Record Display for the EPA National Library Catalog


OLS Field Name OLS Field Data
Main Title Controlling odorous emissions from iron foundries /
Author Gschwandtner, Gerhard. ; Fairchild., S.
Other Authors
Author Title of a Work
Fairchild, Susan.
McCrillis, Robert C.
CORP Author Pechan (E.H.) and Associates, Inc., Durham, NC.;Environmental Protection Agency, Research Triangle Park, NC. Air and Energy Engineering Research Lab.
Publisher U.S. Environmental Protection Agency, Office of Research and Development,
Year Published 1992
Report Number EPA/600/R-92/058; EPA-68-D0-0120
Stock Number PB92-166925
Subjects Iron foundries--Environmental aspects--United States. ; Odor control.
Additional Subjects Air pollution control ; Odor control ; Iron and steel industry ; Chemical compounds ; Foundaries ; Shaking ; Casting ; Molds ; Binders(Materials) ; Additives ; Cores ; Particles ; Scrubbing ; Adsorption ; Biotechnology
Library Call Number Additional Info Location Last
NTIS  PB92-166925 Most EPA libraries have a fiche copy filed under the call number shown. Check with individual libraries about paper copy. NTIS 01/01/1988
Collation 30 pages ; 28 cm
The report discusses the control of odorous emissions from iron foundries. The main process sources of odors in iron foundries are mold and core making, casting, and sand shakeout. The odors are usually caused by chemicals, which may be present as binders and other additives to the molding sand, or as breakdown products when these chemicals are subjected to molten iron as it is poured into molds. There are many binder formulations; typical formulations are based on using some form of an oil, urethane, formaldehyde, phenol, or furan. Common additives include coal, cereals, and starches, clays, and refractory minerals such as silica. A great many possible compounds can be formed when these chemicals are exposed to molten iron. Common particulate removal technologies may also reduce odors, although the odors are probably caused by vapor-phase compounds which are not well controlled by cyclones and bag filters. Carbon adsorption may be effective, but might also be very expensive. Wet scrubbers with special additives in the water may be more effective, but may have drawbacks such as generating a waste water treatment requirement and the potential for corrosion. Another technology, reportedly used in Europe, is biofiltration.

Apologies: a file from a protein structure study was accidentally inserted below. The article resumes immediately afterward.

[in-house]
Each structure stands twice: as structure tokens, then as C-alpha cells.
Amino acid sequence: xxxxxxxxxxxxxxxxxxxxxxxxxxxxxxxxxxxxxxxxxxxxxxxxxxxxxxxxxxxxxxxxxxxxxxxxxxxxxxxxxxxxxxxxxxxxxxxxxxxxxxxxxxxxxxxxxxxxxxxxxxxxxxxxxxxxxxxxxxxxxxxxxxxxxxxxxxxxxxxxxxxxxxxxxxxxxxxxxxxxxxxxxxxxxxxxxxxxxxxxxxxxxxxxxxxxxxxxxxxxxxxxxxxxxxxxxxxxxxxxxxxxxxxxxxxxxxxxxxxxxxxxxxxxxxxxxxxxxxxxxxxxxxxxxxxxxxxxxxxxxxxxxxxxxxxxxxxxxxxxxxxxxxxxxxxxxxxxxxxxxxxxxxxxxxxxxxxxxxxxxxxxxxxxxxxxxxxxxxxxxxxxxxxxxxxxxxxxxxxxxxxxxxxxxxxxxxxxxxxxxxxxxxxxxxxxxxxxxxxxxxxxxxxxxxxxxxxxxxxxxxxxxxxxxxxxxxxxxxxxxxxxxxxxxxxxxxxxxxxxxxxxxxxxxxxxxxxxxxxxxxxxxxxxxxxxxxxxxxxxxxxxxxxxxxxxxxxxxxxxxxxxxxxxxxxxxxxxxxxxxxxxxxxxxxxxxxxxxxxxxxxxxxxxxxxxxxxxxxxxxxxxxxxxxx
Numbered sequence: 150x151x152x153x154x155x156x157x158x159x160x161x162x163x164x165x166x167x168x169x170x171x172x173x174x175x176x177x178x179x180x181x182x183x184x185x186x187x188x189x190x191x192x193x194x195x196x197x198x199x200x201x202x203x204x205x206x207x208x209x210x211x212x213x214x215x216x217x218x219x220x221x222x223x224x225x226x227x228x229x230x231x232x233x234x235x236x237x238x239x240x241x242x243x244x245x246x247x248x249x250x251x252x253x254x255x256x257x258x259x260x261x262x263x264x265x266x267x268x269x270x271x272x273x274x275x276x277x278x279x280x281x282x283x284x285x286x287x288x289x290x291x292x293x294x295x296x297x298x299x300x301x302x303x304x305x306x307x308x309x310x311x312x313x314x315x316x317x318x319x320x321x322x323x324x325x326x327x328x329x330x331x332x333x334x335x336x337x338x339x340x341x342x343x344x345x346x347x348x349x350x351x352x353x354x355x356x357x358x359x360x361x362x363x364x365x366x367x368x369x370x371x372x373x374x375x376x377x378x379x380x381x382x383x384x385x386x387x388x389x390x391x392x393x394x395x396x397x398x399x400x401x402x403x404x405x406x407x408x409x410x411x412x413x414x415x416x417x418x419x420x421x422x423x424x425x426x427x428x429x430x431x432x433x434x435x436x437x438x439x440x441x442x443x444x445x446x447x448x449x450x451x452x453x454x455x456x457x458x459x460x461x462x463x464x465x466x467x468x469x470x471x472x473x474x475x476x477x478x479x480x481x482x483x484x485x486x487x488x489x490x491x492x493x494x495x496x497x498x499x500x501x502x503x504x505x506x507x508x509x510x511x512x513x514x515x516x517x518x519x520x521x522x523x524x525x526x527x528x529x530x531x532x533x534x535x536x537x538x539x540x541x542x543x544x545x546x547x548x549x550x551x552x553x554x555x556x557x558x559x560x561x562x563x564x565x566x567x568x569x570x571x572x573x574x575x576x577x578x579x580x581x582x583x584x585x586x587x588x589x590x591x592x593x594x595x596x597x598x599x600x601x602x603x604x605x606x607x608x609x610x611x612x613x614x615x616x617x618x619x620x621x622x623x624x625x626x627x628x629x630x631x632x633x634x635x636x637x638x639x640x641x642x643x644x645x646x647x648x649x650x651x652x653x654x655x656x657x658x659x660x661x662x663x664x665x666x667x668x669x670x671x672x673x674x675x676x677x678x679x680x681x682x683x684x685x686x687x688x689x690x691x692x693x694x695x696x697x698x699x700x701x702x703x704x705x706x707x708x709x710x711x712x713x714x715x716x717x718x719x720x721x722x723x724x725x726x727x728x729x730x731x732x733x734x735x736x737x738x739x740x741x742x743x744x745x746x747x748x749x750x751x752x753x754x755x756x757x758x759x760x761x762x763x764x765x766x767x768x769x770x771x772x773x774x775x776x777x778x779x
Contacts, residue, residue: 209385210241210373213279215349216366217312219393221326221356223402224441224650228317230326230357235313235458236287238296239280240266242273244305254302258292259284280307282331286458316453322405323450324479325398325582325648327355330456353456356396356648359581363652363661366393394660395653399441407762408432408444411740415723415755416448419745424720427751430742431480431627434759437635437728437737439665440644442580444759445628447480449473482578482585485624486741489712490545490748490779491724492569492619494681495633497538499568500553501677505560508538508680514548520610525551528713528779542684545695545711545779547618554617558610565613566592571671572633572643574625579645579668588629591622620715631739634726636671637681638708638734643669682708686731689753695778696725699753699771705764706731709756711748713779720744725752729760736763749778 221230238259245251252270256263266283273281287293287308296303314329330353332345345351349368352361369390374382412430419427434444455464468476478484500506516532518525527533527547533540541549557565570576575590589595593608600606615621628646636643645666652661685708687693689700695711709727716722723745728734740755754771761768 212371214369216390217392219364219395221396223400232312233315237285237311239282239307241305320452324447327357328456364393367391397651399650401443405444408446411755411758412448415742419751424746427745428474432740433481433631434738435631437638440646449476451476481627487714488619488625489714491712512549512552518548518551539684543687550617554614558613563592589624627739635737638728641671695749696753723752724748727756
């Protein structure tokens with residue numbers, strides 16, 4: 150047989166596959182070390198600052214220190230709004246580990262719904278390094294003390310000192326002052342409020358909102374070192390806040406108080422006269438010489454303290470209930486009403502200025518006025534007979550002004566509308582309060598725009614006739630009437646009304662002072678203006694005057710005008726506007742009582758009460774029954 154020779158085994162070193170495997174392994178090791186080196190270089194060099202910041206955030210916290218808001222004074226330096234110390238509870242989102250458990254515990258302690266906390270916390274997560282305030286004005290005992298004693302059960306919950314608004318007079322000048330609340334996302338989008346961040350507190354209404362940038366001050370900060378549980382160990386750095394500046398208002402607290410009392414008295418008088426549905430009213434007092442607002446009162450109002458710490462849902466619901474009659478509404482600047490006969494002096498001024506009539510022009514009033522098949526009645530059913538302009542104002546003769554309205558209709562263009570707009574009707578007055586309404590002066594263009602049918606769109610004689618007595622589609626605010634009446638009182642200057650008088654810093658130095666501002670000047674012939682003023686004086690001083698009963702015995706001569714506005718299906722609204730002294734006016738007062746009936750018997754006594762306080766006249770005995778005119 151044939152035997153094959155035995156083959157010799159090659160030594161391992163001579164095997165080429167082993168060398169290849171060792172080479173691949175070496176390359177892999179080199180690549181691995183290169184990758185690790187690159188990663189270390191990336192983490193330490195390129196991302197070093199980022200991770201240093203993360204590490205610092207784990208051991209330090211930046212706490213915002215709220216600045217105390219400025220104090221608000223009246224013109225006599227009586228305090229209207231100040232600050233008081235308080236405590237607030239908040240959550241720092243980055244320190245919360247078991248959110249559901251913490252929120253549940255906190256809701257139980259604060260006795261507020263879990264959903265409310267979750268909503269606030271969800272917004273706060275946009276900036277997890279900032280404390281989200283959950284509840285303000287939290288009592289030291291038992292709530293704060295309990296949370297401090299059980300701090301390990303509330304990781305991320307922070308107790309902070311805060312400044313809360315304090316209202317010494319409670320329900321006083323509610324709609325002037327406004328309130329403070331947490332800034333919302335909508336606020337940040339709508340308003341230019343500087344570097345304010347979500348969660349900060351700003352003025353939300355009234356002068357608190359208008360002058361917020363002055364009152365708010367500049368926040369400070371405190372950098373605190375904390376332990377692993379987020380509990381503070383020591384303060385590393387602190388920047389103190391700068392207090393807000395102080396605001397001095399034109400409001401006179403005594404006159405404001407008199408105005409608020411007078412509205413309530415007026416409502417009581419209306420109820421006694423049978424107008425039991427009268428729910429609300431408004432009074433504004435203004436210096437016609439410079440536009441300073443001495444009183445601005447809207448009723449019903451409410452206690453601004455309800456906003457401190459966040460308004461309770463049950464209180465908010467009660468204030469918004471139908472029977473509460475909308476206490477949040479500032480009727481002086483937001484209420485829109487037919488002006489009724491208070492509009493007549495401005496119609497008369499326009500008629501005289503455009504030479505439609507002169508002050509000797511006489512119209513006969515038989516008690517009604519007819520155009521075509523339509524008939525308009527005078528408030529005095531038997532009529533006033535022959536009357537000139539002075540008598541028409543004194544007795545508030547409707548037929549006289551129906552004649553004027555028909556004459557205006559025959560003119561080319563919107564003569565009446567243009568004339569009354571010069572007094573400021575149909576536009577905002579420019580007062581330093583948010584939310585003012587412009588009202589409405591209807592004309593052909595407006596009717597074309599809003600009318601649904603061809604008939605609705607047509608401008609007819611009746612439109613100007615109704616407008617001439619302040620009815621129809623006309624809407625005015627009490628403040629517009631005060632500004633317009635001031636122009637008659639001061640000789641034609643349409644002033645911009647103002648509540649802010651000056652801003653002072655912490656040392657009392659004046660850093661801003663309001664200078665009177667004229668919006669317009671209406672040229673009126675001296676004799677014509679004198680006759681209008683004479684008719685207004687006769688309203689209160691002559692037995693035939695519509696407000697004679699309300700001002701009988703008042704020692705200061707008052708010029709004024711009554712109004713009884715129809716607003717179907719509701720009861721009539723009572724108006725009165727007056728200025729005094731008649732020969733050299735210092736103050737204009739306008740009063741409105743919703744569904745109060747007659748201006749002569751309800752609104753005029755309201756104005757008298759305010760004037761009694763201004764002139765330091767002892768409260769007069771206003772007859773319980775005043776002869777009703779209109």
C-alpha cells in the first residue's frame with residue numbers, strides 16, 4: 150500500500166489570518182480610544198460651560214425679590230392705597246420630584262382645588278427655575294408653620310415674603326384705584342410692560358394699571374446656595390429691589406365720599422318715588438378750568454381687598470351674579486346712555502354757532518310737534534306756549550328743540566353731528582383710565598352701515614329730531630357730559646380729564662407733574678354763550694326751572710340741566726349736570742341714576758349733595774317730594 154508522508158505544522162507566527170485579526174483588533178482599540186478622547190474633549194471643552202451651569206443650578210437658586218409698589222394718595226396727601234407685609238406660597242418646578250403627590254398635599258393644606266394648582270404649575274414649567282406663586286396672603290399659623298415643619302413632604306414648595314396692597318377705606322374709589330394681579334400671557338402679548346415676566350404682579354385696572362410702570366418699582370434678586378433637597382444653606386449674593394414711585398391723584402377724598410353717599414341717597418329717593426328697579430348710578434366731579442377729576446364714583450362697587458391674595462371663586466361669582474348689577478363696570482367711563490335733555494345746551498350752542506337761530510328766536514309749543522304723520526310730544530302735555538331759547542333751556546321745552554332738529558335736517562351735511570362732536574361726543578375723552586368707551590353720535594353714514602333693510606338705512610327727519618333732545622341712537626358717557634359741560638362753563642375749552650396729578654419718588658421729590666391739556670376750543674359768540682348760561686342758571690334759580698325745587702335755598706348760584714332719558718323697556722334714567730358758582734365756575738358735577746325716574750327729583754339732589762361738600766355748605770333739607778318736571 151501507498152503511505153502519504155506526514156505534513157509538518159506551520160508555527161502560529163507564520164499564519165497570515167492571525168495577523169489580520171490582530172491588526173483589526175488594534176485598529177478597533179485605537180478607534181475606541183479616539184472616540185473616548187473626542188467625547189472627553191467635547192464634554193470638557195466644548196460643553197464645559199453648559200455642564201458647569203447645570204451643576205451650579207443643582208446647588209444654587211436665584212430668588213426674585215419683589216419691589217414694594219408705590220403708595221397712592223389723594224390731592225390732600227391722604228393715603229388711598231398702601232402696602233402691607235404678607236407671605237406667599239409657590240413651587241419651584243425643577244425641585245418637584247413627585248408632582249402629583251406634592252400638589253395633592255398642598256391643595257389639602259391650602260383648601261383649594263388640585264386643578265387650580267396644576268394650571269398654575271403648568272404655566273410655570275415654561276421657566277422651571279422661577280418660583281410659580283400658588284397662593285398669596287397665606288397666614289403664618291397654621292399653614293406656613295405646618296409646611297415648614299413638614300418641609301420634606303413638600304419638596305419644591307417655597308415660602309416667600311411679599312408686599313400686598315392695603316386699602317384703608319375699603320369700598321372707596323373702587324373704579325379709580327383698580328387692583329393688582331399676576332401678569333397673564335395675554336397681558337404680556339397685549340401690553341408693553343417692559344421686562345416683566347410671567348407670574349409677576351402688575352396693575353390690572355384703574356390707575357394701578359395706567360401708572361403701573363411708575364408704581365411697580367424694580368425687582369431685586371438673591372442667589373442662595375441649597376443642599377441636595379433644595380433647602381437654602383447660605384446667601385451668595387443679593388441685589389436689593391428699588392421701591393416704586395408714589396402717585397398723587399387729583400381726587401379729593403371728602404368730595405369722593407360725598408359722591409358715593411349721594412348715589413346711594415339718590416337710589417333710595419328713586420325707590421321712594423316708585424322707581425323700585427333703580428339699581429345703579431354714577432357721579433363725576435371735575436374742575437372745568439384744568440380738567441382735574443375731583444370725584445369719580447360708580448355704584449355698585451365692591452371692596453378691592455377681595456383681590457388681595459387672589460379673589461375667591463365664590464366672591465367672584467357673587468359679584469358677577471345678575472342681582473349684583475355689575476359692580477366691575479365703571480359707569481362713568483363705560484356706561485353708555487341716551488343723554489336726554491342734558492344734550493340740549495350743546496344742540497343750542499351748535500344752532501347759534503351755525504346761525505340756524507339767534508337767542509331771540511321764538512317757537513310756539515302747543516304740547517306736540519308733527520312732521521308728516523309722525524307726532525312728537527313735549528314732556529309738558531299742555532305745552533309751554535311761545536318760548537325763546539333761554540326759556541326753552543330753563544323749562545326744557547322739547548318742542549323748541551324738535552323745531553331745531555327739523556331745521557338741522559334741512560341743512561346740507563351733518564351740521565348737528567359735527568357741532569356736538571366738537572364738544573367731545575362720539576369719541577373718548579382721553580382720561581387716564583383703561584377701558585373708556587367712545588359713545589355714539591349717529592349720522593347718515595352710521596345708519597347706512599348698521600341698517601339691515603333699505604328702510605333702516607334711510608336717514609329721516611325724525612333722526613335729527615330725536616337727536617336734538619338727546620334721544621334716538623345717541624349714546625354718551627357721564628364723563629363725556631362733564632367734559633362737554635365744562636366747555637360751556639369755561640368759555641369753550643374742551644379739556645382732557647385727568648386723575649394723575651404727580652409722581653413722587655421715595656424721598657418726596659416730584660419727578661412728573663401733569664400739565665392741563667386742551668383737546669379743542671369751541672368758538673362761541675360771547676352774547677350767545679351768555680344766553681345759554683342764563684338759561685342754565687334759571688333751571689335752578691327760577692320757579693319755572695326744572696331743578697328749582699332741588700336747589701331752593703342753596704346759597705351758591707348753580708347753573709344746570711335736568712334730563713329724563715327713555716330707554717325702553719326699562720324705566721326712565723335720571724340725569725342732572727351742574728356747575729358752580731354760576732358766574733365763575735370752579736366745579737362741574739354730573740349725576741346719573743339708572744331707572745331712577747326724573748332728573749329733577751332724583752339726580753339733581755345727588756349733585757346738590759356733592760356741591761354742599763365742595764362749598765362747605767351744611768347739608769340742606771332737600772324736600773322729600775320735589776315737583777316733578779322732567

"Robert C. McCrillis, project officer." "April 1992." "United States Environmental Protection Agency Control Technology Center"--Cover. EPA Includes bibliographical references (pages 20-21). "EPA-600/R-92-058." Microfiche.